You may think snakes are deaf since they do not possess external ears, but it has been discovered in studies by J. Leo van Hemmen and Paul Friedel of the Technical University of Munich, Germany, and the Bernstein Center for Computational Neuroscience that snakes can indeed hear to some extent.
Snakes do not have eardrums, but they do have inner ear structures complete with cochleas and are able to hear by feeling the vibrations alongside their jaws as they slither on the ground. The left and right sides of snakes' jaws can move independently of each other. As a result, snakes can sense vibrations from either the left side or the right, helping to determine where sounds originate.
Mechanoreceptors are sensory nerves spaced throughout the skin of the body and connected to the spinal cord, enabling a snake to feel vibrations that carry through the sand or soil. These vibrations move through the body and along the spinal nerves to the brain, where they are recognized as sounds. These receptors are extremely sensitive and they react instantly to stimuli, enabling a snake to locate the source of the sound.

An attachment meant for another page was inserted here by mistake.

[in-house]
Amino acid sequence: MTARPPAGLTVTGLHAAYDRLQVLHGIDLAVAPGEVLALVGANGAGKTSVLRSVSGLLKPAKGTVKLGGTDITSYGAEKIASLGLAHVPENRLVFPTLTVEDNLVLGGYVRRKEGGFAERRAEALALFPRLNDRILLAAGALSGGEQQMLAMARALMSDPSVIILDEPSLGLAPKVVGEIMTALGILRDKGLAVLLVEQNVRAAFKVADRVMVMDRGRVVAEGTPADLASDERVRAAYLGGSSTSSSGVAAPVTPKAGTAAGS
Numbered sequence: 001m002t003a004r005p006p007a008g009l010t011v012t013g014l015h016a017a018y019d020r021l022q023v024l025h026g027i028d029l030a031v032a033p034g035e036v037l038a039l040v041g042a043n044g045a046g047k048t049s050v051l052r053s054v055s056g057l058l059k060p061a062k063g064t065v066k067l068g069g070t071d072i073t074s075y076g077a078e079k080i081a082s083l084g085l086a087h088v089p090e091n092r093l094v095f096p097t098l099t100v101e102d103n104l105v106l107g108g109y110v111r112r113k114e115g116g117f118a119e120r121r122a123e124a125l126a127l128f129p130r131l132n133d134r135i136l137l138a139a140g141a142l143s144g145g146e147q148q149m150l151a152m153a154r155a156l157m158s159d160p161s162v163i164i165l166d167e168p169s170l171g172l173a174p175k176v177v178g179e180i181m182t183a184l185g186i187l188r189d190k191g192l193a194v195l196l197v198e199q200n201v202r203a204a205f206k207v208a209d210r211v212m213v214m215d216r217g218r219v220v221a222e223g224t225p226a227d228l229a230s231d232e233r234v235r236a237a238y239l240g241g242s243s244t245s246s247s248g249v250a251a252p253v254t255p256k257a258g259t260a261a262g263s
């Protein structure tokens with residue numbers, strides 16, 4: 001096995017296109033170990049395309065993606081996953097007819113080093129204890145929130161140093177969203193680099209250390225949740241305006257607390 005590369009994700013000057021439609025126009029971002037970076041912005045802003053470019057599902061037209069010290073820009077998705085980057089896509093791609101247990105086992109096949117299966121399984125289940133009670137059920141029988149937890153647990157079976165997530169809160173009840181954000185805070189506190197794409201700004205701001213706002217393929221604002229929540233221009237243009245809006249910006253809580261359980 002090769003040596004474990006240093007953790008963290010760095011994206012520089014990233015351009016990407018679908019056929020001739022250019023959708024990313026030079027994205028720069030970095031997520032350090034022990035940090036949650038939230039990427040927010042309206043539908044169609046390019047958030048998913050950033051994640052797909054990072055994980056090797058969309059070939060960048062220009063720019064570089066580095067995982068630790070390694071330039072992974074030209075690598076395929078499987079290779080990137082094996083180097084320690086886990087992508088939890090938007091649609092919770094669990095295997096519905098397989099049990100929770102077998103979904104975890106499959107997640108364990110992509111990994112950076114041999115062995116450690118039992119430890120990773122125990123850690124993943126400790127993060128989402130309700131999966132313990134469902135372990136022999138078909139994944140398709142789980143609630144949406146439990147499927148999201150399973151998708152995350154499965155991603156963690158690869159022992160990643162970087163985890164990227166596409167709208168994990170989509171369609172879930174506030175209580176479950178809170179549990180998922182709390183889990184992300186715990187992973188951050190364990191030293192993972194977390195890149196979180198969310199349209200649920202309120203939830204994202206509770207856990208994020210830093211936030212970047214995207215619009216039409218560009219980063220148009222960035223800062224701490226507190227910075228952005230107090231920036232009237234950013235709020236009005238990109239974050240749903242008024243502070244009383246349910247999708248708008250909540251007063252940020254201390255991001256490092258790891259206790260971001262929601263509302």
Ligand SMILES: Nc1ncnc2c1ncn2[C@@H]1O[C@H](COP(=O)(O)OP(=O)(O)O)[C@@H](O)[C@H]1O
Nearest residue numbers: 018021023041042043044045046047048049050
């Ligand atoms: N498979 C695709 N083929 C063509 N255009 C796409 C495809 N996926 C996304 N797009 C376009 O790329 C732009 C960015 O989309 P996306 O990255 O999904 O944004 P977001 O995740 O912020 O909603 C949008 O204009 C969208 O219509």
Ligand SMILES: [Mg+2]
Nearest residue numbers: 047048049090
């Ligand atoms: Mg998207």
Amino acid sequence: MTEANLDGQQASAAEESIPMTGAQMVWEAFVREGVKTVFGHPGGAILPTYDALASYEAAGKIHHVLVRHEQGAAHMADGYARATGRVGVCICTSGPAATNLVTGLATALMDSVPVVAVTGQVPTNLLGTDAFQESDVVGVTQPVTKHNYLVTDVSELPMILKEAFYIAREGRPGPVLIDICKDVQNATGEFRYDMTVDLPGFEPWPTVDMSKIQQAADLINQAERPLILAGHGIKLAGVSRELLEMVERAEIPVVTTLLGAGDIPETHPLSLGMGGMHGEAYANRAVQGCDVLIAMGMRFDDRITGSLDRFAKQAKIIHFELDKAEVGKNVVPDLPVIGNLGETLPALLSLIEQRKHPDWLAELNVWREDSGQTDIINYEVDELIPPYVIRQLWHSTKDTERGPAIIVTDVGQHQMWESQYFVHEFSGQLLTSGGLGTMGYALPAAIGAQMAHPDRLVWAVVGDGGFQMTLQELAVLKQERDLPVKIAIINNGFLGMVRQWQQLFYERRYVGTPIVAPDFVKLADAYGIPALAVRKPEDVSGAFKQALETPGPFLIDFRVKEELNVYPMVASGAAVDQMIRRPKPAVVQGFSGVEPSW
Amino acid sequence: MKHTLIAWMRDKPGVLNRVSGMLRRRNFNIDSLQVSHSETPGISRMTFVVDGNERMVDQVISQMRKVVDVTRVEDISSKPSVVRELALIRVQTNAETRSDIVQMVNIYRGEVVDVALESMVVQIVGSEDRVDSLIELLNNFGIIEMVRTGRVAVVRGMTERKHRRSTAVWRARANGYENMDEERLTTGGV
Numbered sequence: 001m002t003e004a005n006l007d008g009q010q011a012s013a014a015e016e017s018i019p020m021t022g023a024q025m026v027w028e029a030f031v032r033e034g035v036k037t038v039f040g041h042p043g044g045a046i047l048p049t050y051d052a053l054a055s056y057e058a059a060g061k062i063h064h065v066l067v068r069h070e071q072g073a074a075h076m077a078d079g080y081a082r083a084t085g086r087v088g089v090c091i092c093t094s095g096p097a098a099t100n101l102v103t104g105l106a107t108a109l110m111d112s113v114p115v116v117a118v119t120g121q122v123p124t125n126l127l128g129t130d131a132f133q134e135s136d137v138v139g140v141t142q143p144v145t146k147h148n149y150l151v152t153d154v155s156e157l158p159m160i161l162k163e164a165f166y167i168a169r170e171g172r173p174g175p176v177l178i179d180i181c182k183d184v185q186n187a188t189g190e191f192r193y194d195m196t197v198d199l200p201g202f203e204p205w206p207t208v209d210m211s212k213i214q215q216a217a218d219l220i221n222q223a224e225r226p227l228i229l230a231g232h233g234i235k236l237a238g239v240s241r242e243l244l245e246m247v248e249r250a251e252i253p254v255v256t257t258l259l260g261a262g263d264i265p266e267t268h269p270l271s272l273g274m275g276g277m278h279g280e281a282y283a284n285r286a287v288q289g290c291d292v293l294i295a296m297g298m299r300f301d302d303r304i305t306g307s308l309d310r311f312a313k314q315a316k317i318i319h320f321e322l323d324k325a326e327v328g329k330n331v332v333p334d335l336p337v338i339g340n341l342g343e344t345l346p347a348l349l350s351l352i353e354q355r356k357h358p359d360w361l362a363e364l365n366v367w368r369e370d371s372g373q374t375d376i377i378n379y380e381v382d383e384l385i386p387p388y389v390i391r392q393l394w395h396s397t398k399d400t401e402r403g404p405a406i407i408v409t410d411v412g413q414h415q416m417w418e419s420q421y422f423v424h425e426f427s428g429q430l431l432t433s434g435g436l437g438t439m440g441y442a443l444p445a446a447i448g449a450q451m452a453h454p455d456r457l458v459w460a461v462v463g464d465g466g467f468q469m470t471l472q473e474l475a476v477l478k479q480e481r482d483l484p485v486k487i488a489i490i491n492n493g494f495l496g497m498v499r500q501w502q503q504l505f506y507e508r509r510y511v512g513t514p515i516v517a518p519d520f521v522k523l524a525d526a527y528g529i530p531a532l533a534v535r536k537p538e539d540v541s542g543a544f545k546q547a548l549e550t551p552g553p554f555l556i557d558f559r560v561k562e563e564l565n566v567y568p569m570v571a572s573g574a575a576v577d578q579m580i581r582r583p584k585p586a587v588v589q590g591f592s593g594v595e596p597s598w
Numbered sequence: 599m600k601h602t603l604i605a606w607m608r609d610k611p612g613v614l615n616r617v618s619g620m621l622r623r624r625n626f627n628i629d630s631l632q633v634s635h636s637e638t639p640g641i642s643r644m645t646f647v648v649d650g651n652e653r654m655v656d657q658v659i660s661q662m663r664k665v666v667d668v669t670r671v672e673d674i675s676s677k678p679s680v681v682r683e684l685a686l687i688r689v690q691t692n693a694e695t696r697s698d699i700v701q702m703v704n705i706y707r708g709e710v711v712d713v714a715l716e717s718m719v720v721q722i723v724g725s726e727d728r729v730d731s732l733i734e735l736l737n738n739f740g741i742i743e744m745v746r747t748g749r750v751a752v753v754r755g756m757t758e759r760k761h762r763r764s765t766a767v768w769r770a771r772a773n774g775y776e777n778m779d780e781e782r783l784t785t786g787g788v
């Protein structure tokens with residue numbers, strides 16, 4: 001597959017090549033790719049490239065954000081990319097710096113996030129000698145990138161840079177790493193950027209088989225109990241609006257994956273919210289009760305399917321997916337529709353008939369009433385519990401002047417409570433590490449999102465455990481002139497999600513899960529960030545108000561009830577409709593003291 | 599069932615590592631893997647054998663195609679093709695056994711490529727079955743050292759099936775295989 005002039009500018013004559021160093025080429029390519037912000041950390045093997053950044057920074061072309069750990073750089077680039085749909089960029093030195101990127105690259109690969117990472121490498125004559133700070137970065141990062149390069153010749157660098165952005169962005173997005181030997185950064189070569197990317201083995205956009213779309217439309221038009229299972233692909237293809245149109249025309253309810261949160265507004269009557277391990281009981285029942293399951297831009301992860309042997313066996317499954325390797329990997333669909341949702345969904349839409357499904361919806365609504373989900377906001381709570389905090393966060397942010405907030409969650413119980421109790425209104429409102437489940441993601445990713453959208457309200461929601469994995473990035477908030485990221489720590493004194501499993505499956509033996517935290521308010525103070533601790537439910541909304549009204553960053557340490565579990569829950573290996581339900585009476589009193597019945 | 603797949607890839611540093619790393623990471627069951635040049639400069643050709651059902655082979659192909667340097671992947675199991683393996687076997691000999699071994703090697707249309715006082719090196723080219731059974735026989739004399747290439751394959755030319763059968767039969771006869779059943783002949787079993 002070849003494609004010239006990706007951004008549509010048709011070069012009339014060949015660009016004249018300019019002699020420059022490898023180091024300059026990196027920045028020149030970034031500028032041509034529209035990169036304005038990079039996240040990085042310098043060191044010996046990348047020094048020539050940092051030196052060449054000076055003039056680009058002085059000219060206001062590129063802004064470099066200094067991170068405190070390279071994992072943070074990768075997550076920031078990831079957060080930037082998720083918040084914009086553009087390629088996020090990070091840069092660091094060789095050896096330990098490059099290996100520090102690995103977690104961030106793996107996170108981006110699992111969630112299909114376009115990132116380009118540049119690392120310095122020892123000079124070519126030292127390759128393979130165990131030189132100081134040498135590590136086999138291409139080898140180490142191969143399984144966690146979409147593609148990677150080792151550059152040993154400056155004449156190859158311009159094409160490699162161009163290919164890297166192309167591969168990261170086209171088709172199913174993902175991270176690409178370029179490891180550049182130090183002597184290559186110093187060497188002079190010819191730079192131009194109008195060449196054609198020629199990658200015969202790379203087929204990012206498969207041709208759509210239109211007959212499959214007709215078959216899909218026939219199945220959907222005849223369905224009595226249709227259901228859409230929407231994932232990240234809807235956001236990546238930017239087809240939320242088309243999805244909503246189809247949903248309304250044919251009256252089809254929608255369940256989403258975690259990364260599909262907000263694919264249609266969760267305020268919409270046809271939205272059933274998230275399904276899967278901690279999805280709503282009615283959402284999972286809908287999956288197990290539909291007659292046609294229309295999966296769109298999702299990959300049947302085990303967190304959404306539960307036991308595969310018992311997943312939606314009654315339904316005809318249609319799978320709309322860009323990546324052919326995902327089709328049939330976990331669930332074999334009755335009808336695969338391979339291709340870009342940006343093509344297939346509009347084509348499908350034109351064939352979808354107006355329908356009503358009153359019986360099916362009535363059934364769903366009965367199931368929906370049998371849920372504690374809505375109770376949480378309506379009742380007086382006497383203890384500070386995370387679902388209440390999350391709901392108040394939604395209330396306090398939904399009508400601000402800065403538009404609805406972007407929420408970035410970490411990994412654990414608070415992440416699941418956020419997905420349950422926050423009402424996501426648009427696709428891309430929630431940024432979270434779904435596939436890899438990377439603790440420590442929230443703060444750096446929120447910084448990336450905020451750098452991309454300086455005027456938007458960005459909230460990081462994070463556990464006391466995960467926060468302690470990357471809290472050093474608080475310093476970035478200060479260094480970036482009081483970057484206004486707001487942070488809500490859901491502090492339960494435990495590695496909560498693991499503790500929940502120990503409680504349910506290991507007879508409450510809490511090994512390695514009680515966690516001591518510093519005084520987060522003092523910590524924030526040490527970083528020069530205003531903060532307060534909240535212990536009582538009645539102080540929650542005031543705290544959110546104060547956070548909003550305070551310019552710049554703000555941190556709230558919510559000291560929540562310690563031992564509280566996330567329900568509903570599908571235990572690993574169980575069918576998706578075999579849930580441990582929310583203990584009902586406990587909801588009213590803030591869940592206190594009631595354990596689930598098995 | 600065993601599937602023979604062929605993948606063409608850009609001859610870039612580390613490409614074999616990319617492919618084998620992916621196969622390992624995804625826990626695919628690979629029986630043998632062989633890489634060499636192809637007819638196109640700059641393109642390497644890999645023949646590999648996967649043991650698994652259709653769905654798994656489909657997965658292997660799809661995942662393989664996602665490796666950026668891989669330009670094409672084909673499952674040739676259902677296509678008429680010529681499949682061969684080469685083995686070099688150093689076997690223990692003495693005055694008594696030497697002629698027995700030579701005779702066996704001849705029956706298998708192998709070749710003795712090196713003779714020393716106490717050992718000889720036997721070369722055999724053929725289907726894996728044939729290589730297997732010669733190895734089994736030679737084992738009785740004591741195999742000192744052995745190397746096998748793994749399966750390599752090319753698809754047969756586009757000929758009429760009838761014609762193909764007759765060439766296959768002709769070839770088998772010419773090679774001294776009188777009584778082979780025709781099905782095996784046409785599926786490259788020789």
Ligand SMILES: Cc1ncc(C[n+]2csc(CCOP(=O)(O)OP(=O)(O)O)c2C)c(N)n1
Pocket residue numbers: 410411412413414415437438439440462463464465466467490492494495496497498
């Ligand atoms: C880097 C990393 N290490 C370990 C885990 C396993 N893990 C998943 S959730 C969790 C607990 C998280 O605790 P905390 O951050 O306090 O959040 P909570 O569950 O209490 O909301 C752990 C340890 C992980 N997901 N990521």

Sound Moving Through the Air
A snake can pick up sound waves through the air, because the skull vibrates when a sound wave hits it. But a snake appears to hear low notes easier than high ones. These impulses move directly from the skull into the snake's inner ears, where the vibrations are sensed by the brain. Some snake owners believe their pets are capable of reacting to the sound of their names.
Extremely Sensitive Perception
Snakes can sense something moving on the surface of sand or soil from great distances and pinpoint its location easily through sound waves. These waves are tiny ripples on the sand that radiate away from the source at a rapid pace -- around 50 meters a second. Sensitive vibratory reception is common in snakes and enables them to catch prey easily.